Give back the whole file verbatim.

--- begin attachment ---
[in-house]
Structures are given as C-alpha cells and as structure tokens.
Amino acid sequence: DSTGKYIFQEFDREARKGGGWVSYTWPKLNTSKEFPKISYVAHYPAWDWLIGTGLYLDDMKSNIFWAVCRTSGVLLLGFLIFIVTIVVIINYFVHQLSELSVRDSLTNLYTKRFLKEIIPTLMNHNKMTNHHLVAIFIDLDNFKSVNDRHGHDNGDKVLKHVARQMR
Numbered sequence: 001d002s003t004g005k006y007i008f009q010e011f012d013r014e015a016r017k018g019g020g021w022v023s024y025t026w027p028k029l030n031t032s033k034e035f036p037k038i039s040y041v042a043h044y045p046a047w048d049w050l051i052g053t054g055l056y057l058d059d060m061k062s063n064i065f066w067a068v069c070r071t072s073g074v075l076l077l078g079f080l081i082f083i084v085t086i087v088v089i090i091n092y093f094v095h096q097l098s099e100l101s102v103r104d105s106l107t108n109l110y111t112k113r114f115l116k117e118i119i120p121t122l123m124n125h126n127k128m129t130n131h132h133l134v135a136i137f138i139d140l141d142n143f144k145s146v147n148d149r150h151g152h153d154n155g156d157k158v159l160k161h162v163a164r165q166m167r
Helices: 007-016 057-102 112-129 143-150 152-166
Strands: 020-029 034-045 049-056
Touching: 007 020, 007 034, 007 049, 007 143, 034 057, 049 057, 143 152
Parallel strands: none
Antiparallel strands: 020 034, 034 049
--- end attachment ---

[in-house]
Structures are given as C-alpha cells and as structure tokens.
Amino acid sequence: DSTGKYIFQEFDREARKGGGWVSYTWPKLNTSKEFPKISYVAHYPAWDWLIGTGLYLDDMKSNIFWAVCRTSGVLLLGFLIFIVTIVVIINYFVHQLSELSVRDSLTNLYTKRFLKEIIPTLMNHNKMTNHHLVAIFIDLDNFKSVNDRHGHDNGDKVLKHVARQMR
Numbered sequence: 001d002s003t004g005k006y007i008f009q010e011f012d013r014e015a016r017k018g019g020g021w022v023s024y025t026w027p028k029l030n031t032s033k034e035f036p037k038i039s040y041v042a043h044y045p046a047w048d049w050l051i052g053t054g055l056y057l058d059d060m061k062s063n064i065f066w067a068v069c070r071t072s073g074v075l076l077l078g079f080l081i082f083i084v085t086i087v088v089i090i091n092y093f094v095h096q097l098s099e100l101s102v103r104d105s106l107t108n109l110y111t112k113r114f115l116k117e118i119i120p121t122l123m124n125h126n127k128m129t130n131h132h133l134v135a136i137f138i139d140l141d142n143f144k145s146v147n148d149r150h151g152h153d154n155g156d157k158v159l160k161h162v163a164r165q166m167r
Helices: 007-016 057-102 112-129 143-150 152-166
Strands: 020-029 034-045 049-056
Touching: 007 020, 007 034, 007 049, 007 143, 034 057, 049 057, 143 152
Parallel strands: none
Antiparallel strands: 020 034, 034 049